Jade, or ‘pounamu’ as it is known to Māori, has been used to craft beautiful ornaments for thousands of years. Pounamu is famous for being highly valued in Māori culture, though its rich cultural history extends beyond New Zealand’s shores too, with discoveries of jade jewellery in India and China dating as far back as 1600BC.
In New Zealand, nearly all pounamu is nephrite jade, though Māori also classify the gemstone bowenite as pounamu. It is particularly prized by Ngai Tahu iwi, as many of the rivers and tributaries where pounamu is found flow through their land, with a significant portion coming from the Arahura river on the West Coast of Te Waipounamu (the South Island).
Pounamu is considered taonga by Māori, which can be roughly translated as ‘treasure’. This deep cultural significance means that it is more than ornamental, and there are guidelines for individuals who wish to search for their own treasured piece of pounamu. Some Māori believe that pounamu is not found, but rather that it reveals itself to you when in a relaxed state of mind.
One way to attain the correct mindset is to be mindful of where you are and what you’re doing and just enjoy the moment; focus on the sounds, the smells and, hopefully, the tranquillity of the natural environment. It is said that those with pure intentions will be relaxed and in tune with their surroundings, and more likely to find what they are looking for. It is also important to remember that water has an especially significant place in Māori culture: rivers, lakes and the sea are the domain of the god, and it is customary to seek permission from Tangaroa before swimming, fishing or searching for pounamu by offering up a prayer or considered thought. The spiritual significance of the places where pounamu is found is passed on to the mineral itself, and this is further reflected in the fact that it is often used to create pendants and necklaces in the shape of fishhooks, a ubiquitous feature in Māori art.
It is said that pounamu has a spirit much like the spirit of a fish, or ‘ika’ in Māori. This perception of pounamu as being fish-like doesn’t arise just from the fact that it is found in rivers, but also from how it moves in them. New geological research by GNS Science conducted in collaboration with Ngāi Tahu bears this out. The research showed that pounamu will sometimes shift its position on the river bed in a similar way to fish moving upstream. While many stones will find their way downstream, ending up on the beach, it was found, surprisingly, that many stones will move upstream during a flood, where they become buried.
Pounamu’s importance to Māori and their view of it as possessing the soul of a fish is reflected in comments made by Captain James Cook, who recalled that he was told “a hundred fabulous stories about this stone”. One of these stories he reported was that Māori believed that the stone was originally a fish and that they would retrieve it from the water using a gig, tie it with a rope and drag it to shore where eventually the fish would turn into stone.
Large quantities of pounamu are found in and around the Taramakau River in Westland, Lake Wakatipu in Otago, and in Milford Sound in Fiordland. There are two main sources, one being the Arahura river and the surrounding area. The Arahura is ‘tapu’ according to Māori religion and is therefore protected.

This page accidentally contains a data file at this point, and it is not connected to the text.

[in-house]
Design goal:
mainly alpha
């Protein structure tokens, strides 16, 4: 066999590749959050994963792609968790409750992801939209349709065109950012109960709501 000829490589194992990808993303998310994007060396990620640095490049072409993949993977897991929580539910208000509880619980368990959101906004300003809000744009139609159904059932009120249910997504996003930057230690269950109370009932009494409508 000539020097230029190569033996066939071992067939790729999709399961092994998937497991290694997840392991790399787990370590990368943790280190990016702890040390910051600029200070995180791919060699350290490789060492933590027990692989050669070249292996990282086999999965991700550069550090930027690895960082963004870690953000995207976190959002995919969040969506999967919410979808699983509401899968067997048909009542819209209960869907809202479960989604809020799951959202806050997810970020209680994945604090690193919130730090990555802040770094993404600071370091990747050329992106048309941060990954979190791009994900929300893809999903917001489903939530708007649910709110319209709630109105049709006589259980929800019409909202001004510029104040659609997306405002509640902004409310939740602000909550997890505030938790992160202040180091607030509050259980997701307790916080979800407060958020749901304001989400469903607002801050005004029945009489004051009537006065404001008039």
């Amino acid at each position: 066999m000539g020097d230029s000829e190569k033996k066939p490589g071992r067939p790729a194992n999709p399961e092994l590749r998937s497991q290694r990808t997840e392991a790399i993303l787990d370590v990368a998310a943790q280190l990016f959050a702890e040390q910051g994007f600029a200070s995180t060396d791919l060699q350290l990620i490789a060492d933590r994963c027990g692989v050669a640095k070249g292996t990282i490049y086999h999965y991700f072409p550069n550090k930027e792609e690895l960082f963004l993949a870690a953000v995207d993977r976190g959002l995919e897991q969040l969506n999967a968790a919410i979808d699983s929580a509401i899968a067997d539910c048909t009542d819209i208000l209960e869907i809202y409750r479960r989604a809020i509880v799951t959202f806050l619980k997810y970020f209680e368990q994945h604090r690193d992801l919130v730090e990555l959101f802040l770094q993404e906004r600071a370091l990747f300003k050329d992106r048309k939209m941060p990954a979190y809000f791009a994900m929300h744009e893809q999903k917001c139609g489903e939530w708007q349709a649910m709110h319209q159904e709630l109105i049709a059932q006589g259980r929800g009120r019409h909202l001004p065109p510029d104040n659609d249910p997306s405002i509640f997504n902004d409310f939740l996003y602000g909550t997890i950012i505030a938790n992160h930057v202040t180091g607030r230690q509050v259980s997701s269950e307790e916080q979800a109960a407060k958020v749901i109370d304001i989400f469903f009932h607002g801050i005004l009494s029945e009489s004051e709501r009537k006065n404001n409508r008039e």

In accordance with the Treaty of Waitangi, the South Island’s largest iwi, Ngai Tahu, have been granted special spiritual and trade rights that must be respected at all times, meaning that no pounamu may be removed from the Arahura river. However, there are other places an eager amateur pounamu hunter can try their luck, mostly the beaches located in Hokitika, sometimes referred to as ‘Jade Country’.
Pounamu is usually found in the channel or a river lake, which has a distant communication with the sea. The principal geological source of pounamu is the South Island’s alpine fault, the Island’s backbone that has been slowly shifting for 135 million years. It is fondly referred to as ‘the mother of greenstone’ as it is the source of the rivers where pounamu is found. Other areas where pounamu hunters can try their luck include the rocky beaches of Greymouth. An ideal time to look for pounamu is after a storm, as the stones get moved around, pushed under rocks and sediment, buried and exposed - they're constantly on the move, almost like they are alive.
When looking for pounamu, you need to know what you're looking for. When pounamu is first found it will be covered in a white milky "soapy" exterior. Sometimes the sediments and other rough surfaces will polish the stone to its more recognisable green - more able to be spotted by the cunning eye of a river or beachcomber - a flicker of shiny green amongst the other dark wet stones is sure to bring instant delight. Māori custom is to classify pounamu by how it looks, with the primary kinds being kawakawa, kahurangi, īnanga (all nephrite), and tangiwai, which is a form of bowenite.
As rivers, as well as pounamu, are both of great cultural significance any interaction an individual has must be considered and respectful. We all have a responsibility to the land, to Māori traditions, and to the sustainable collection of pounamu. Mountain Jade works closely with the local iwi, to ensure we’re using pounamu respectfully. We are very environmentally focused with all our endeavours to do with greenstone, and as such do our best to keep the resource sustainable within New Zealand. We also use sustainable materials with our packaging. The most important aspect in the preservation of pounamu is to maintain its mana by learning and respecting all the various stories and traditions that are associated with this stunning natural gift.